Stay in Italy for your 14 days and make London and Paris another two-week trip. Suggested itinerary: -4 days in Rome -4 days in Florence (Assisi and Siena can be daytrips from Florence) -Skip Pisa. It isn't that interesting. -I'd say at least 2 days in Venice. I was only there for a day and at the time I didn't know better, but now I do. -2 days in Milan (what do you want to see there?) -Or skip Milan also and add a day to Venice and a day to Florence

Posted by Frank
Tresana, Highlands Ranch, CO, USA
10844 posts

It is an exhausting schedule just to read it. I was tempted to add up the travel time along just to see if it was over half of the trip. Everyone is going to say, "Cut it in Half!" But I think a lot of us have had one of these trips which is why we are so quick to say, TOO MUCH !! IMO a trip should be somewhat relaxing. We have learned to plan a dead day, sailors call it a lay day, in which nothing is planned. We do it about every four days. Allows us to recover physically, maybe add in something we had not planned, maybe do some laundry, and if there has been some problems with our schedule - delays, etc. then the off day allows to adjust and get back on schedule. If there is a hick up in your schedule you will never recover. Also you will have a couple of Mondays in your schedule and a lot of the tourist sites close on Monday to compensate for being open on the weekend. Again, from our experience, you need contingency plans because nothing ever works as totally planned. I see no wiggle room in your schedule should something not go as planned. And it will.

Posted by Ken
Vernon, Canada
17718 posts

Gen, Unfortunately, I most definitely agree with the "growing chorus" of comments that you're trying to fit too much into a very limited time frame. As Frank noted, if there are any "unexpected occurrences" this will throw the entire plan "for a loop". This is a "blitz Itinerary" and to paraphrase one of the other comments, I had to take a rest after reading it. To begin with, I'd suggest dropping Pisa (not worth the travel time just to see the Tower) and Milan (unless you really want to see The Last Supper or something else). The Itinerary suggested by Matt is along the lines of what I'd recommend. However, I'd drop one day in Florence and add it to Paris. One day is not much time to really see much in Paris. In planning your Itinerary, remember one of Rick's frequent sayings, "assume you will return". Good luck!

Posted by Gen
simi valley
4 posts

lol I love how you all responded to my IT. =) Thanks to all of your suggestions, tips and reactions. hehe So, change of IT. Rome day 1-5 Venice day 6-9
Paris 10-14 I want more tips please! Its going to be our first time in Europe. I would love to hear from people who have been there.

Posted by Frank II
USA
4376 posts

When I read your question, and before I looked at any of the responses I thought.....Is this a vacation to see how much time you can spend on different modes of transportation or is it a trip to see Euorpe. Then I read the rest. I'm glad you're changing. You'll be much happier and less stressed. Now, I'm going to suggest you add something. Since this is your first trip to Europe, and I know you want to see a lot......your train between Rome and Venice goes through Florence. Why not take an early train out of Rome, spend a night in Florence, and at the end of day two take a later train to Venice. (Both are very quick trips.) At least you can see the major sights of Florence. It's only 1.5 hours between Rome and Florence and 2 hours between Florence and Venice St. Lucia.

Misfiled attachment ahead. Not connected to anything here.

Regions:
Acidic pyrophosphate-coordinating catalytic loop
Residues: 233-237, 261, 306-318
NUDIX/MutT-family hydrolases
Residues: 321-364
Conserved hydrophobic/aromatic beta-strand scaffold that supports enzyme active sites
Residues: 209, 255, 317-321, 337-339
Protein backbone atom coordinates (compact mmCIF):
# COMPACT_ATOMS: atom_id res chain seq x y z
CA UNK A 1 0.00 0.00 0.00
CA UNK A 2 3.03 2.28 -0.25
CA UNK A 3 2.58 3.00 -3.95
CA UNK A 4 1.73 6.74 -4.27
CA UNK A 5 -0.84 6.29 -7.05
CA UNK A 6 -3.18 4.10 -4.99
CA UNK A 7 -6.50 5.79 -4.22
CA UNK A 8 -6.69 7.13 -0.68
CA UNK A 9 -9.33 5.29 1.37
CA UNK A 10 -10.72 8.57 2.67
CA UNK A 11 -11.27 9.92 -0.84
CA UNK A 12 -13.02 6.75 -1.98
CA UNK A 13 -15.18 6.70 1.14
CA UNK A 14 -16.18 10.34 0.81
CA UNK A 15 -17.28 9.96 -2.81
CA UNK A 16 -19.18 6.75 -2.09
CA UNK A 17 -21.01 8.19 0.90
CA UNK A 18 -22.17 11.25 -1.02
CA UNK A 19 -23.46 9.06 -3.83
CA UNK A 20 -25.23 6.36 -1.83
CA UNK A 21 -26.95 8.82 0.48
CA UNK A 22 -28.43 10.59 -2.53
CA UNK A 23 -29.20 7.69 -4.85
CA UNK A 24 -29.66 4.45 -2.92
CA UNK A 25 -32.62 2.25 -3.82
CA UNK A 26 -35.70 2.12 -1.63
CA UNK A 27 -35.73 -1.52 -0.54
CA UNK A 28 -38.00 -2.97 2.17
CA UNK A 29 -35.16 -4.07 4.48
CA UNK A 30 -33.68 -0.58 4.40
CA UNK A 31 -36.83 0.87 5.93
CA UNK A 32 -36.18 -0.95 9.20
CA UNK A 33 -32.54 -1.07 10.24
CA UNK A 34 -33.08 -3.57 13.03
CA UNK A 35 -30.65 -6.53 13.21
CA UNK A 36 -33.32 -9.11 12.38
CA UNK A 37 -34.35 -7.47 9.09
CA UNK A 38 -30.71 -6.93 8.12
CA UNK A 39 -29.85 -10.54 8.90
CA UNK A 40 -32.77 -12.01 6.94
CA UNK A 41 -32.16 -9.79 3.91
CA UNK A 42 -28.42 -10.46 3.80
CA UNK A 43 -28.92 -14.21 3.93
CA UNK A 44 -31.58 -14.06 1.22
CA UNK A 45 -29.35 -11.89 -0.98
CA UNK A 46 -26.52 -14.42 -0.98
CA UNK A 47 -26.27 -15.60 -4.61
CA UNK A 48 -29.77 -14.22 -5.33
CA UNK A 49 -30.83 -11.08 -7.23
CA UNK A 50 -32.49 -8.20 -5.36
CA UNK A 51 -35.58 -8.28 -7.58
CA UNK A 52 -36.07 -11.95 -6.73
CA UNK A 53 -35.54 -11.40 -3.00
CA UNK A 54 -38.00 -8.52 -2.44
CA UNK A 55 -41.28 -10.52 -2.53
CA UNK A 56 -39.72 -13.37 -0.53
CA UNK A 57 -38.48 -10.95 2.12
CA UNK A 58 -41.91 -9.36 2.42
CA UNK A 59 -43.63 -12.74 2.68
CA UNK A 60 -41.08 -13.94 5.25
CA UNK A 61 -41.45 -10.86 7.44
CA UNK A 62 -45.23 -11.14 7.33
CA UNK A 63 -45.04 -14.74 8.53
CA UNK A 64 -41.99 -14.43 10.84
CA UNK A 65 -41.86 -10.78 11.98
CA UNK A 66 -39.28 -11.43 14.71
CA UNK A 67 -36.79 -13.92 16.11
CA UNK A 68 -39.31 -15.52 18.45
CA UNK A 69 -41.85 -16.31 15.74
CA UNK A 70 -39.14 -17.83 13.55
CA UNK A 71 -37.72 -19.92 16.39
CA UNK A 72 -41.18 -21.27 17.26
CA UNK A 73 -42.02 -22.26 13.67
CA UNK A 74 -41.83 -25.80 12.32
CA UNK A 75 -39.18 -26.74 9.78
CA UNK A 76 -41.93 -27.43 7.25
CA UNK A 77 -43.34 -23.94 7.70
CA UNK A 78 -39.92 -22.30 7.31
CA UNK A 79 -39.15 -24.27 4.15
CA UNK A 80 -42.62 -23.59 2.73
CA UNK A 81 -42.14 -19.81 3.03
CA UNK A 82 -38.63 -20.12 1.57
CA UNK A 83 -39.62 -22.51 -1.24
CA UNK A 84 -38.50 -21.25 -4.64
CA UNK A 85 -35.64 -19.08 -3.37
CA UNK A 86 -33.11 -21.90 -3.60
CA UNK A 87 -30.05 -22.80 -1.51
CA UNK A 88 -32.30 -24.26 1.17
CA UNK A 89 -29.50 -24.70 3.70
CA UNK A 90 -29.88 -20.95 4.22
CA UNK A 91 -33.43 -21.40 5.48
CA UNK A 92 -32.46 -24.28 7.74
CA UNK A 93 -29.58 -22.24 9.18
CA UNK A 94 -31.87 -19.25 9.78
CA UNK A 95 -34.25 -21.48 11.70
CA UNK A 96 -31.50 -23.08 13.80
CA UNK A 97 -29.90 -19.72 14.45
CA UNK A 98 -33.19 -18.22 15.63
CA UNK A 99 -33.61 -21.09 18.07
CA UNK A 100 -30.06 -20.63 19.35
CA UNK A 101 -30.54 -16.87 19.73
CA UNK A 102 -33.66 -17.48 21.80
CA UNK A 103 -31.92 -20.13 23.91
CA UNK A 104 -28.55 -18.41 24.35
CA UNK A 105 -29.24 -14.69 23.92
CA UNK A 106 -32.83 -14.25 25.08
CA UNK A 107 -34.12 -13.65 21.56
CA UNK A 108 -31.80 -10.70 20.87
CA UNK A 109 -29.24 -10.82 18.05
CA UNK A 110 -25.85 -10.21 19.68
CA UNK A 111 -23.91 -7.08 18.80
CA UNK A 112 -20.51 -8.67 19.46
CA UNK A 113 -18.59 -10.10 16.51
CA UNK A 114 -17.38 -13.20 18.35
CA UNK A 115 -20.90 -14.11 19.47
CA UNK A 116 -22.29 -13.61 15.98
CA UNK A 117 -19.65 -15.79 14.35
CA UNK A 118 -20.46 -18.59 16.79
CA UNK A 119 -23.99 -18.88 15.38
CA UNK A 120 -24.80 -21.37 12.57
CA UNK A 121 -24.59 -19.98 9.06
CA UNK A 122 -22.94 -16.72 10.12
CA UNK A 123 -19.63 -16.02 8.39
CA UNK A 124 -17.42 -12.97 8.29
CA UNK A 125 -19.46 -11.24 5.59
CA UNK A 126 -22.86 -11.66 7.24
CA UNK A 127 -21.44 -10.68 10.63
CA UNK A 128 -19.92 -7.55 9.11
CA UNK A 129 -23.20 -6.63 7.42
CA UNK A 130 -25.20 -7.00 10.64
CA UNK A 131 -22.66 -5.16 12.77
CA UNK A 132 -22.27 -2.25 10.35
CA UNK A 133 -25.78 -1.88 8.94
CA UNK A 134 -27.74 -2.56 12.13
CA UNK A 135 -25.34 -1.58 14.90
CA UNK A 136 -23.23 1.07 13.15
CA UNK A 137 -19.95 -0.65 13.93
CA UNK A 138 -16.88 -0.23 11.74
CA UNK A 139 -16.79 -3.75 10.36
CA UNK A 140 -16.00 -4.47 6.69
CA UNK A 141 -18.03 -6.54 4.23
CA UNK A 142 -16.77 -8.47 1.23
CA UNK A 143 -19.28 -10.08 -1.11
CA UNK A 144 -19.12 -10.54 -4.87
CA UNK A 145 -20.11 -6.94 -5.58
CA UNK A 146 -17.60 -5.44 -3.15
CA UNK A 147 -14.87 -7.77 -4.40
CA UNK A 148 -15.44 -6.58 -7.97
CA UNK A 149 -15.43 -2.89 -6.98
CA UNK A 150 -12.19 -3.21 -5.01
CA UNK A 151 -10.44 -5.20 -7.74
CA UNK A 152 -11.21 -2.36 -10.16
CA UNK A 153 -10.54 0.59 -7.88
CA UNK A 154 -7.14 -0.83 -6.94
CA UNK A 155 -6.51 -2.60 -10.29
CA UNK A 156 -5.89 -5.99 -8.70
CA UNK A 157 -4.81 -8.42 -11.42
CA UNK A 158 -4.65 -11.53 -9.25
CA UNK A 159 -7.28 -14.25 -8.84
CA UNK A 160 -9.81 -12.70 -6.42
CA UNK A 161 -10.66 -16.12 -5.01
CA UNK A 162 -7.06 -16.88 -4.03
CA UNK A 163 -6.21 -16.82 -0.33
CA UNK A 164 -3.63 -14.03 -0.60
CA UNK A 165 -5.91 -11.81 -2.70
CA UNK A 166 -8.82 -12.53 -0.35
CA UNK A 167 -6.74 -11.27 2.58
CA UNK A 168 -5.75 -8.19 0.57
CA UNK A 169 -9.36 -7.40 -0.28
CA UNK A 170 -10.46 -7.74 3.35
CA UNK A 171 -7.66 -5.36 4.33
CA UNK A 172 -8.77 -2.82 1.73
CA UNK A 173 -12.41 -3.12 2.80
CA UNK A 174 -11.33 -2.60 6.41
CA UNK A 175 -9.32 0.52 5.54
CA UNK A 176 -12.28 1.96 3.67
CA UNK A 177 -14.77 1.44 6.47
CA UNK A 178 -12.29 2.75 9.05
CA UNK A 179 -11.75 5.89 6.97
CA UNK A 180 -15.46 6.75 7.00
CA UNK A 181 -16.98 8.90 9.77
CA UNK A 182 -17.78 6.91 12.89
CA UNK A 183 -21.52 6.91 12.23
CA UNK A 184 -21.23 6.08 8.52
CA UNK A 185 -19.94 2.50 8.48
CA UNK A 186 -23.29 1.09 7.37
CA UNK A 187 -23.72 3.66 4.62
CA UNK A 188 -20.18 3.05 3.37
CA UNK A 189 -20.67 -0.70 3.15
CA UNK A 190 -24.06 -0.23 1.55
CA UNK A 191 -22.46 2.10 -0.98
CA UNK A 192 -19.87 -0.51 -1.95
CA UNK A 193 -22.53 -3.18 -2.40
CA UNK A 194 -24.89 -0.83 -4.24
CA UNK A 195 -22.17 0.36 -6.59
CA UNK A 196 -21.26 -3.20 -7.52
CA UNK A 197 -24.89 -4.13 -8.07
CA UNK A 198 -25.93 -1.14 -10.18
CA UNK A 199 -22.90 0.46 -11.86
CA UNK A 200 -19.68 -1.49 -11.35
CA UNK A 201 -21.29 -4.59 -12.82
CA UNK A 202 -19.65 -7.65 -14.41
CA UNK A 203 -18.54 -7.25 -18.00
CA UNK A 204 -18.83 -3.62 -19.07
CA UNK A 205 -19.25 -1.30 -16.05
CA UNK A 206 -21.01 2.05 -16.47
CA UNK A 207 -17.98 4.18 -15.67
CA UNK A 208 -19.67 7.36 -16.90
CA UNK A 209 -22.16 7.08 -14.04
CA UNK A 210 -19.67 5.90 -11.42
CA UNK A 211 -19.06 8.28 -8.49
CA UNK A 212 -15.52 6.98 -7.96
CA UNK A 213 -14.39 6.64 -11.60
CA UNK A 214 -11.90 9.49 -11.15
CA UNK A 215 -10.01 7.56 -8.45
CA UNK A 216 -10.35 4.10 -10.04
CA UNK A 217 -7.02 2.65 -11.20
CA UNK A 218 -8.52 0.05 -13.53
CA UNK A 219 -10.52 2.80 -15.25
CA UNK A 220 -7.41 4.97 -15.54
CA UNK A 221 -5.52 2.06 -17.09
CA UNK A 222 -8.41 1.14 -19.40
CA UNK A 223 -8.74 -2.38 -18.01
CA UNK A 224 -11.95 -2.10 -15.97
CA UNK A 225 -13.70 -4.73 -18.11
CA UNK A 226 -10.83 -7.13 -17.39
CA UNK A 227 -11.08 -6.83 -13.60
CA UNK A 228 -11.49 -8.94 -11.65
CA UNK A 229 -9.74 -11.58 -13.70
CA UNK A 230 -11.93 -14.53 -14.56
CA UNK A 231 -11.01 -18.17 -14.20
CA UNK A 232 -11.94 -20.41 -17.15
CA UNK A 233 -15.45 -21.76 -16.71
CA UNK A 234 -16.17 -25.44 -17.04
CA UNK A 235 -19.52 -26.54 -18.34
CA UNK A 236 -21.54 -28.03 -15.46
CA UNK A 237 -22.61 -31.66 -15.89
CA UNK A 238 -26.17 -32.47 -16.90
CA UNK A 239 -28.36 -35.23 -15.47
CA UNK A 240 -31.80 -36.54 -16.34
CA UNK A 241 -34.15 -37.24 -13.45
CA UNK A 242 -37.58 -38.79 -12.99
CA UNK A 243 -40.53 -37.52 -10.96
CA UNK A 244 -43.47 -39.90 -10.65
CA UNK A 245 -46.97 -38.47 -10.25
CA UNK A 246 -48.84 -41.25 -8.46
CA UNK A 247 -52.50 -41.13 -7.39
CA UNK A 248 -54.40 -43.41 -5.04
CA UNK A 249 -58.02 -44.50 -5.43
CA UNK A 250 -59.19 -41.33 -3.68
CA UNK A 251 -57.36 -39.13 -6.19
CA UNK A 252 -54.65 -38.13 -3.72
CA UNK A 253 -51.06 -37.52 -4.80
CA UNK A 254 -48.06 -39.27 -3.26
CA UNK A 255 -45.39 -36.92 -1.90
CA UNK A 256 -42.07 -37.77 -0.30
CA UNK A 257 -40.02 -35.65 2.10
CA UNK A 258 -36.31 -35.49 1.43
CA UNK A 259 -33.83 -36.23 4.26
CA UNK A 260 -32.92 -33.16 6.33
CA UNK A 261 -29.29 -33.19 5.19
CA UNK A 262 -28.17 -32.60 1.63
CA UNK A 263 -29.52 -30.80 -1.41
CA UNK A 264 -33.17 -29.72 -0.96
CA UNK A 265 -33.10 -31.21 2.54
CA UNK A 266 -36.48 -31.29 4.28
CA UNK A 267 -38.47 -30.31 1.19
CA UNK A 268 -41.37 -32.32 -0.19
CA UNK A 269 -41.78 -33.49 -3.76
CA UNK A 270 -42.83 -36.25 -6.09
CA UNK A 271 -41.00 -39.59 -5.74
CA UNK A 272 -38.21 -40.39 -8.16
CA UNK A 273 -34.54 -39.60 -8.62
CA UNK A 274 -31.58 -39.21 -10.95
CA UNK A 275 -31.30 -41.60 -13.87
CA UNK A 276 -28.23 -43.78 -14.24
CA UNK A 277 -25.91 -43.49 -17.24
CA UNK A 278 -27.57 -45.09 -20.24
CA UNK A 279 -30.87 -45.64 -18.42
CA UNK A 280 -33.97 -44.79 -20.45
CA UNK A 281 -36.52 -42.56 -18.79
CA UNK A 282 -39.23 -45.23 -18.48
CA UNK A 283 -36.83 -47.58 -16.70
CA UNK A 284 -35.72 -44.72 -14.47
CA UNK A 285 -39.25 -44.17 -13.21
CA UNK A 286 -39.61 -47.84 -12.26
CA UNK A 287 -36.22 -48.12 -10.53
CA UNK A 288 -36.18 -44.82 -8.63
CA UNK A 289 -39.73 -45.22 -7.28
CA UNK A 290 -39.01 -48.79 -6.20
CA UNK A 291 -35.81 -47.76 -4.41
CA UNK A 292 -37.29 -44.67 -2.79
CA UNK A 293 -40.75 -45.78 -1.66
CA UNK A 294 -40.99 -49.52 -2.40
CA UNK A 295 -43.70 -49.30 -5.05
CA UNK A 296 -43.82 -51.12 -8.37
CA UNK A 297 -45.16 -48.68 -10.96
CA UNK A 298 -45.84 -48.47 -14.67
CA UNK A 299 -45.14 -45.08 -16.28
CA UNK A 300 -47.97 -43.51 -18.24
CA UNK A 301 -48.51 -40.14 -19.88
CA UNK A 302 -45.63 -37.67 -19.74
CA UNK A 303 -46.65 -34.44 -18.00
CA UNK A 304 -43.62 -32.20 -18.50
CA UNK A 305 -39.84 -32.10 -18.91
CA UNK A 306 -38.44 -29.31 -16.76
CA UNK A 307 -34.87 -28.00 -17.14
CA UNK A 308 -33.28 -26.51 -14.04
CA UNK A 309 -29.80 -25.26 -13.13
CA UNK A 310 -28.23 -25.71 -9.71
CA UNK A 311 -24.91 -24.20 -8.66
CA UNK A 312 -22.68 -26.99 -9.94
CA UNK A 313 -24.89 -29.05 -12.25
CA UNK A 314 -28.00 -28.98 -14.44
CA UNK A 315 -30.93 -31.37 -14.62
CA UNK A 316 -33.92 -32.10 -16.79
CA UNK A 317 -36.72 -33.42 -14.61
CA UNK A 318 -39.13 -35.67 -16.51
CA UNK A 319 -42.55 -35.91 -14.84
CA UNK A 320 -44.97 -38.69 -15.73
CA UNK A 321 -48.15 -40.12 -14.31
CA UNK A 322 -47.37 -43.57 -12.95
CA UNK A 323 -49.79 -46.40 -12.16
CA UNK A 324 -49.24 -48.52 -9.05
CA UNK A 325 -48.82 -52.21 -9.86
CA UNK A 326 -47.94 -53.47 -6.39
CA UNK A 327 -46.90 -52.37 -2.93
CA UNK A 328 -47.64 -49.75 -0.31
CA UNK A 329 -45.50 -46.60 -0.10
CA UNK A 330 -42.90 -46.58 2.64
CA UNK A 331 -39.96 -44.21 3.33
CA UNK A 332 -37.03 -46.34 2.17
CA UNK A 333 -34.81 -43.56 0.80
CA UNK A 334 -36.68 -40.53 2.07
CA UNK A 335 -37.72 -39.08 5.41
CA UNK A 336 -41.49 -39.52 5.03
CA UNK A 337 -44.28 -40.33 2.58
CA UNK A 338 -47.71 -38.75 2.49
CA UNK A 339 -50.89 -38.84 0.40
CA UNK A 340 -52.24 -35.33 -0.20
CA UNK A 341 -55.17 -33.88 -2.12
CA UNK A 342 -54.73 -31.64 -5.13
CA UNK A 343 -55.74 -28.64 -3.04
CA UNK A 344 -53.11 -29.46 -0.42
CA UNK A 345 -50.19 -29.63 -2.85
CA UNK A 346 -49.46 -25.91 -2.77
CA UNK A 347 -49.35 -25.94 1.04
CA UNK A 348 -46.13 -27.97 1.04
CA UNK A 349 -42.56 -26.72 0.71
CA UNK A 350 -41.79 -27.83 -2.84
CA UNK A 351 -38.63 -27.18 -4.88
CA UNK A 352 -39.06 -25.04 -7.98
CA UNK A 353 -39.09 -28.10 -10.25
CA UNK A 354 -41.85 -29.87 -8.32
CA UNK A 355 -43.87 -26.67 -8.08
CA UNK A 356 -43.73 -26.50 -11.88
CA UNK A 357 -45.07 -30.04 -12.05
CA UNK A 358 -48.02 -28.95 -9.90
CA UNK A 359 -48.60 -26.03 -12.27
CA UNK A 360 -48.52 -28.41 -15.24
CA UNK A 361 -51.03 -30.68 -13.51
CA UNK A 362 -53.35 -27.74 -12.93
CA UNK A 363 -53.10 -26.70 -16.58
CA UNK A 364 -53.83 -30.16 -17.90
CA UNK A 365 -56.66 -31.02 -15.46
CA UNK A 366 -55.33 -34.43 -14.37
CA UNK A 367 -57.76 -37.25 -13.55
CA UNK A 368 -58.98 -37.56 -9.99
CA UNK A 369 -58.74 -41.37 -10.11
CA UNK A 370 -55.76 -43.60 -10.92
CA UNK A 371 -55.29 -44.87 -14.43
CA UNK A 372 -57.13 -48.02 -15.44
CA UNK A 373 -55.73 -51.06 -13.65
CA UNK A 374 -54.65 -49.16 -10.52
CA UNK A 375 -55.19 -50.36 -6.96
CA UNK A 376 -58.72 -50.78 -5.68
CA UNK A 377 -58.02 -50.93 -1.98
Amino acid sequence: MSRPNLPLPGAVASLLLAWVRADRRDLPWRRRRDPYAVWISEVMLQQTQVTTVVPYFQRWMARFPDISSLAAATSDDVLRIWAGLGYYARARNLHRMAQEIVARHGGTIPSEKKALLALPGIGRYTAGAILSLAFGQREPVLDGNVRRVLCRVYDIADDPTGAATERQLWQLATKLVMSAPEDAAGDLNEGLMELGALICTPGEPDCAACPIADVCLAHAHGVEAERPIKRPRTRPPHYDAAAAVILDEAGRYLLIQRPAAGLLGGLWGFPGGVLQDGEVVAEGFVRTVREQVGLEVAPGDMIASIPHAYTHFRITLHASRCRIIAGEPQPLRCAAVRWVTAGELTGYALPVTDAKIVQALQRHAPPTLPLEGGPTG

Posted by Terry kathryn
Ann Arbor, Mi
2600 posts

Good choice for beautiful cities... my only suggestion would be to try and get out of those cities for a few day trips to see some of the surrounding villages or countryside. That way you will have a more well-rounded view of these countries. For me, I can only handle the crowds, tourist attractions and overall intense energy for a few days until I feel the need to escape. I also would not feel I had been to Europe if I did not have a little time at the sea. Have a wonderful time! (I am definitely a traveler who is happy missing some of the 'highlights' to be on the 'road less traveled.'
It's the surprises that make the trip for me.

Posted by Laurel
Rome, Italy
2197 posts

Good change of plans, Gen. I predict you will be planning your return to Europe by the time you are on the train to Venice. :-)

Posted by Lisa
White Plains, NY, USA
491 posts

Looks much better already. I agree don't forget a day out in the country too.

Posted by Gen
simi valley
4 posts

Terry, Laurel and Lisa:
Thank you again. =) Frank: Sorry my reaction offended u in any way? I really appreciate all of the comments. It's just that havent been to Europe. and just got so excited to hear all this information/reactions. Our trip is not until October, but Im getting so OCD about planning this trip. And its really hard planning an IT, esp if u want to see all these beautiful places. It really helps me a lot reading this site. =)

Posted by Tim
Knoxville, TN, USA
3058 posts

OK, let's translate for Frank: Rome days 1 thru 5 Venice days 6 thru 9
Paris days 10 thru 14

Posted by Ken
Vernon, Canada
17718 posts

Gen, Your new Itinerary looks much more reasonable. However, I agree with other comments that it would be a good idea to take at least one day in each location for a day trip to a nearby "smaller" city. For example.... In Rome, a day trip to Orvieto (a beautiful hill town in Umbria) would be nice. It's only an hour by train. In Venice there are lots of choices - Padua, Vicenza, Verona (while there you could visit the fictional Romeo & Juliet garden). In Paris, Versailles is an easy day trip. For your visit to Paris, you might consider getting a two-day Paris Museum Pass (check their website for details). Also, if you're planning to visit the Louvre, don't try to see all of it as it's huge! If you're mostly interested in the Mona Lisa, that's in the Denon wing. One of the most important bits of advice (since this is your first trip) is that it would be a really good idea to read Europe Through The Back Door, as that will provide you with lots of good information on "how" to travel in Europe. Pay careful attention to the "Rail Skills" chapter. Also, both of you should be sure to wear Money Belts! The ETBD country or city-specific Guidebooks will have lots of information on sights to see, opening and closing times, transportation, Hotels, Restaurants, etc. Cheers!

Posted by Gen
simi valley
4 posts

Thanks Tim, Ken and Frank.
I am making a note on my "Europe travel binder".